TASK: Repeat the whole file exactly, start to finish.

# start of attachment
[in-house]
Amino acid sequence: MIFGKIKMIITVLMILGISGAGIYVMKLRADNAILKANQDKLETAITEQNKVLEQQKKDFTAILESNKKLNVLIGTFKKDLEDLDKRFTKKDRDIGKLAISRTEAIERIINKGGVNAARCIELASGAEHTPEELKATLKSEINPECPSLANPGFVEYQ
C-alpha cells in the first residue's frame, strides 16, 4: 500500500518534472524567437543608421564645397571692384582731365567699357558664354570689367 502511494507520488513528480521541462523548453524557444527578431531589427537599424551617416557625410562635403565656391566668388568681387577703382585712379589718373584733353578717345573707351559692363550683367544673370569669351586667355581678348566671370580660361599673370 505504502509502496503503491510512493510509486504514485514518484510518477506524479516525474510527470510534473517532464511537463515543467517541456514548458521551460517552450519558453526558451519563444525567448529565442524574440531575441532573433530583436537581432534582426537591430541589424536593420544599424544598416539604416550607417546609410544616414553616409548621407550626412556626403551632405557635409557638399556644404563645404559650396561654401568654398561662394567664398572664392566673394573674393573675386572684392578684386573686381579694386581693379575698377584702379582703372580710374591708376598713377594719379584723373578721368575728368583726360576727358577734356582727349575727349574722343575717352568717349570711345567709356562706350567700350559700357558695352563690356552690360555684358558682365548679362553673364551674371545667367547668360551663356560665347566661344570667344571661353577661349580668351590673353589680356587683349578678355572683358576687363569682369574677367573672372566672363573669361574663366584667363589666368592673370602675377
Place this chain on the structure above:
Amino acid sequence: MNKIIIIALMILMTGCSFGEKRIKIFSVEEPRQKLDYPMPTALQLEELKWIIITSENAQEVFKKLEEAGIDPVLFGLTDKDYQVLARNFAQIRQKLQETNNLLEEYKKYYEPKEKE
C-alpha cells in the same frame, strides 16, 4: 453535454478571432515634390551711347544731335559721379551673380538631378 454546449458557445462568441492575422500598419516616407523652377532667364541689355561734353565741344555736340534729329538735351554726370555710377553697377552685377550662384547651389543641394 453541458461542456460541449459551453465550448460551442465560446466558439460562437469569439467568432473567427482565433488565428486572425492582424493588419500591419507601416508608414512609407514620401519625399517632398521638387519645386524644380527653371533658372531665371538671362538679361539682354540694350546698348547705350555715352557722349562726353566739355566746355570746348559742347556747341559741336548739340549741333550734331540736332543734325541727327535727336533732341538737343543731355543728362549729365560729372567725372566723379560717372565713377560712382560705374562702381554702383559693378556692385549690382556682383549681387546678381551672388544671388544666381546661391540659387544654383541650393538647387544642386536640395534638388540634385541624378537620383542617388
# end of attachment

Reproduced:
[in-house]
Amino acid sequence: MIFGKIKMIITVLMILGISGAGIYVMKLRADNAILKANQDKLETAITEQNKVLEQQKKDFTAILESNKKLNVLIGTFKKDLEDLDKRFTKKDRDIGKLAISRTEAIERIINKGGVNAARCIELASGAEHTPEELKATLKSEINPECPSLANPGFVEYQ
C-alpha cells in the first residue's frame, strides 16, 4: 500500500518534472524567437543608421564645397571692384582731365567699357558664354570689367 502511494507520488513528480521541462523548453524557444527578431531589427537599424551617416557625410562635403565656391566668388568681387577703382585712379589718373584733353578717345573707351559692363550683367544673370569669351586667355581678348566671370580660361599673370 505504502509502496503503491510512493510509486504514485514518484510518477506524479516525474510527470510534473517532464511537463515543467517541456514548458521551460517552450519558453526558451519563444525567448529565442524574440531575441532573433530583436537581432534582426537591430541589424536593420544599424544598416539604416550607417546609410544616414553616409548621407550626412556626403551632405557635409557638399556644404563645404559650396561654401568654398561662394567664398572664392566673394573674393573675386572684392578684386573686381579694386581693379575698377584702379582703372580710374591708376598713377594719379584723373578721368575728368583726360576727358577734356582727349575727349574722343575717352568717349570711345567709356562706350567700350559700357558695352563690356552690360555684358558682365548679362553673364551674371545667367547668360551663356560665347566661344570667344571661353577661349580668351590673353589680356587683349578678355572683358576687363569682369574677367573672372566672363573669361574663366584667363589666368592673370602675377
Place this chain on the structure above:
Amino acid sequence: MNKIIIIALMILMTGCSFGEKRIKIFSVEEPRQKLDYPMPTALQLEELKWIIITSENAQEVFKKLEEAGIDPVLFGLTDKDYQVLARNFAQIRQKLQETNNLLEEYKKYYEPKEKE
C-alpha cells in the same frame, strides 16, 4: 453535454478571432515634390551711347544731335559721379551673380538631378 454546449458557445462568441492575422500598419516616407523652377532667364541689355561734353565741344555736340534729329538735351554726370555710377553697377552685377550662384547651389543641394 453541458461542456460541449459551453465550448460551442465560446466558439460562437469569439467568432473567427482565433488565428486572425492582424493588419500591419507601416508608414512609407514620401519625399517632398521638387519645386524644380527653371533658372531665371538671362538679361539682354540694350546698348547705350555715352557722349562726353566739355566746355570746348559742347556747341559741336548739340549741333550734331540736332543734325541727327535727336533732341538737343543731355543728362549729365560729372567725372566723379560717372565713377560712382560705374562702381554702383559693378556692385549690382556682383549681387546678381551672388544671388544666381546661391540659387544654383541650393538647387544642386536640395534638388540634385541624378537620383542617388